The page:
United Artists’ Rejection of Star Wars: Where Are They Now

August 22, 2014 – We have all made terrible decisions in our lives (relationships gone awry, missed opportunities, taking a job or project we should have declined). For the most part, however, we soldier on and often even thrive.

Marcia Nasatir
One of the unfortunate decisions in movie-making history was United Artists’ rejection of George Lucas’ offer to produce the first Star Wars film. In a fascinating memorandum dated October 13, 1975, Marcia Nasatir (b. May 8, 1926) wrote a complimentary-sounding description of “The Star Wars” proposal and its potential strengths and weaknesses: “I like this very much. The innocence of the story, plus the sophistication of the world he will depict makes for the best kind of motion picture…It is a fantasy world that has obviously been well thought out by its creator George Lucas. The production design at the screenplay’s end is impressive and imaginative.”

The memo then turns a critical and wary eye on the proposal: “But there is no metaphysical message that 2001 contained, no salvation offered for the youths of today in the future…if the simple story and heroics sag in any way you are going to have a costly bomb on your hands.”

Marcia Nasatir was prescient in predicting the high expense and the movie’s potential success: “If Lucas makes it properly exciting and fantastic, keeping you on the edge of your seat so that the adventures completely engulf you, then he will have a hit. But…I do not see how this picture can be inexpensively made.”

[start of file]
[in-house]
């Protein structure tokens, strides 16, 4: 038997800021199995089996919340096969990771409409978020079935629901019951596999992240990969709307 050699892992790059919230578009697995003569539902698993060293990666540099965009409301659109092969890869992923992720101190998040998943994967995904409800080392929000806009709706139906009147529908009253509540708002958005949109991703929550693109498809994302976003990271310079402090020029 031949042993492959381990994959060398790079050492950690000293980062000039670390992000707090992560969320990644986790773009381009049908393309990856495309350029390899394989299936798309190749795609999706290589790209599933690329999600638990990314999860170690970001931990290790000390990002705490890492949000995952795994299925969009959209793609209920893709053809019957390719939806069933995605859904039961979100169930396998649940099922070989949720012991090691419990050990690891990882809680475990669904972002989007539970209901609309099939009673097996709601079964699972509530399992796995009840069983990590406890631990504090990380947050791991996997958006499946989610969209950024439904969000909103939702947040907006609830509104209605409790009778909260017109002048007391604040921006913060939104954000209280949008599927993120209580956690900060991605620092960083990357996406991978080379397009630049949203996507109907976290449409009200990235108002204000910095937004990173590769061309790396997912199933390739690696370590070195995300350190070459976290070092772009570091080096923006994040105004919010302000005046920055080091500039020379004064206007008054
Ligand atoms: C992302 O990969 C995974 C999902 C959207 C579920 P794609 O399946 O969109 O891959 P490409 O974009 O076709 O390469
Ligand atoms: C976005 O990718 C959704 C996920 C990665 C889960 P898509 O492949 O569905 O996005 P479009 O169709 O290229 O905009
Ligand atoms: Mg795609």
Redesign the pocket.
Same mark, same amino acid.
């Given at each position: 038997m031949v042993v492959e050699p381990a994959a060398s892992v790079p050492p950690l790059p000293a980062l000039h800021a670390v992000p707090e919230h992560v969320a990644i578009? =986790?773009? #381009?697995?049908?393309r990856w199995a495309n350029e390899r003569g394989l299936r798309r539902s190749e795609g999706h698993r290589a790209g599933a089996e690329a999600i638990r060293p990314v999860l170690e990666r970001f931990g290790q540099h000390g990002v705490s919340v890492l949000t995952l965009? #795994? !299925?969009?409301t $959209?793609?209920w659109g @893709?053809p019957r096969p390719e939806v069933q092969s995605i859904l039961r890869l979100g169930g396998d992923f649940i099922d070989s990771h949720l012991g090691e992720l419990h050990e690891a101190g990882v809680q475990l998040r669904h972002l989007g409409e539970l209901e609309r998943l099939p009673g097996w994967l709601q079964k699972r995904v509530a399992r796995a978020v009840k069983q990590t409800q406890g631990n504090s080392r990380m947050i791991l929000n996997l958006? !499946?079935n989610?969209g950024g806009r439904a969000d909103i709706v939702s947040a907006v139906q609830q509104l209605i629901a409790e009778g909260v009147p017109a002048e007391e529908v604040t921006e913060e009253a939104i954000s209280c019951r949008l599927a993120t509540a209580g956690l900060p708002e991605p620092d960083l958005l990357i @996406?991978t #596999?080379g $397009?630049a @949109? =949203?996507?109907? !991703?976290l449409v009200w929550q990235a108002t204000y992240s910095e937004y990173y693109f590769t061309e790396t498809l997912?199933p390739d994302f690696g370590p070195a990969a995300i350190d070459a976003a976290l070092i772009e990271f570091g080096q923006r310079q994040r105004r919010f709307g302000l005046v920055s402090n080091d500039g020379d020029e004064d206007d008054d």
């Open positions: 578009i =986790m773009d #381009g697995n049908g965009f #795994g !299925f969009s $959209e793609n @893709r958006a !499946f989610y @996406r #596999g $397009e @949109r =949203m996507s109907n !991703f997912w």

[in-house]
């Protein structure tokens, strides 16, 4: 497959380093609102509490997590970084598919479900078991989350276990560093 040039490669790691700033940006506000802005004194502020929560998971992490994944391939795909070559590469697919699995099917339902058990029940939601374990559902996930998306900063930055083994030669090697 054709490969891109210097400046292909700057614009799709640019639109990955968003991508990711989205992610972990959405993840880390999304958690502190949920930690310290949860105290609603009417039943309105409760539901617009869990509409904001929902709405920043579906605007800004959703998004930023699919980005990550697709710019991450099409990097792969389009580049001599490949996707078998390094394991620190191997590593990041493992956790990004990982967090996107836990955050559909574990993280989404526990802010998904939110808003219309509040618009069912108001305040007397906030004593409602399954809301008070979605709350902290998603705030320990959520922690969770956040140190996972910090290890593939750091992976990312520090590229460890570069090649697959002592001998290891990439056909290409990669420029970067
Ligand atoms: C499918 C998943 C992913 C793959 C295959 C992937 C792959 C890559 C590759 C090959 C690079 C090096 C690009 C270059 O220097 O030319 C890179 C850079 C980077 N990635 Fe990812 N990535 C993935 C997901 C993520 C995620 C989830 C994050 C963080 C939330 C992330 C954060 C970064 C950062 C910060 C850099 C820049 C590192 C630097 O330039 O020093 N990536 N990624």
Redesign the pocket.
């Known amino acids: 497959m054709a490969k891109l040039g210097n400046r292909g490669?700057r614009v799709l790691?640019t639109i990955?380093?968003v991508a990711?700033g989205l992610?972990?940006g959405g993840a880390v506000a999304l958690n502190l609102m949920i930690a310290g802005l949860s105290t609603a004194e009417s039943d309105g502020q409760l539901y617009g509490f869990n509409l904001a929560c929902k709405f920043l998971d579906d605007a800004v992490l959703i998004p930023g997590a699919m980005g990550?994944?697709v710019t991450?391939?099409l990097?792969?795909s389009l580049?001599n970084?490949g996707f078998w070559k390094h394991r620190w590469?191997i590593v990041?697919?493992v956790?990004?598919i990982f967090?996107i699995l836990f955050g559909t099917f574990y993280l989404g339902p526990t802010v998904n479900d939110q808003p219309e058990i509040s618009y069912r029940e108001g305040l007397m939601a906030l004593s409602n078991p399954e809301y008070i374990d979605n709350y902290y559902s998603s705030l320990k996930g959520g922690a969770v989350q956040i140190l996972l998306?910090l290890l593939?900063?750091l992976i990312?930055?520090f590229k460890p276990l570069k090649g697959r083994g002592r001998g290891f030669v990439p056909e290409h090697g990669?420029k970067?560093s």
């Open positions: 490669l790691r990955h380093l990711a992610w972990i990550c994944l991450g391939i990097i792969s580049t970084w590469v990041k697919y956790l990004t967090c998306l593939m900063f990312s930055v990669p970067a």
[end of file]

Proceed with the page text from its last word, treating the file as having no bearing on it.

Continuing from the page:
Ultimately, she recommended: “There seems to be too much cost involved for this kind of juvenile story…A risky project — one I would not do. “ (You can read the full memo here.)

The 1975 memo was addressed to Mike Medavoy (b. January 21, 1941), who was head of production for United Artists (1974–1978). He and the board of United Artists Corporation voted down George Lucas’s offer. If UA had invested in George Lucas and funded “The Star Wars” project, UA would have avoided decline in the 1980’s and 1990’s, which I wrote about here.

As the opening paragraph of this article notes, we all make decisions we have come to regret. But as with most things in life, we still survive and sometimes even thrive.

At UA, Marcia Nasatir was one of the first women to become Vice-President at a major studio. This was no small feat back in the male-dominated culture of the 1970’s. During her run at UA, the studio released a number of Oscar winners, including Rocky, Coming Home and One Flew Over the Cuckoo’s Nest.

Nasatir left UA and persuaded Columbia Pictures to support The Big Chill (she was the Executive Producer). She also independently produced Ironweed ( starring Jack Nicholson and Meryl Streep) and the Vietnam War film, Hamburger Hill.

In a December, 2013, interview with The Hollywood Reporter, her only lament was, “If I had been born 20 years later, I would have been the head of a studio, which I would have liked. But I’m content with how things turned out for me and happy to see other women carry the torch even further.” Marcia Nasatir is now 88 years old and still working on two movie projects.

Mike Medavoy is the current chairman and CEO of Phoenix Pictures. He, too, has done exceptionally well. In 2013, he and his wife purchased a 9,000-square-foot mansion for $8.2 million in California. Situated on a 1.7 acre lot, the Medavoy residence includes a five-car garage in the gated area of Beverly Crest. It also boasts ocean views and rolling lawns that overlook canyons. Not bad for the man who rejected George Lucas’s Star Wars offer almost 40 years ago.


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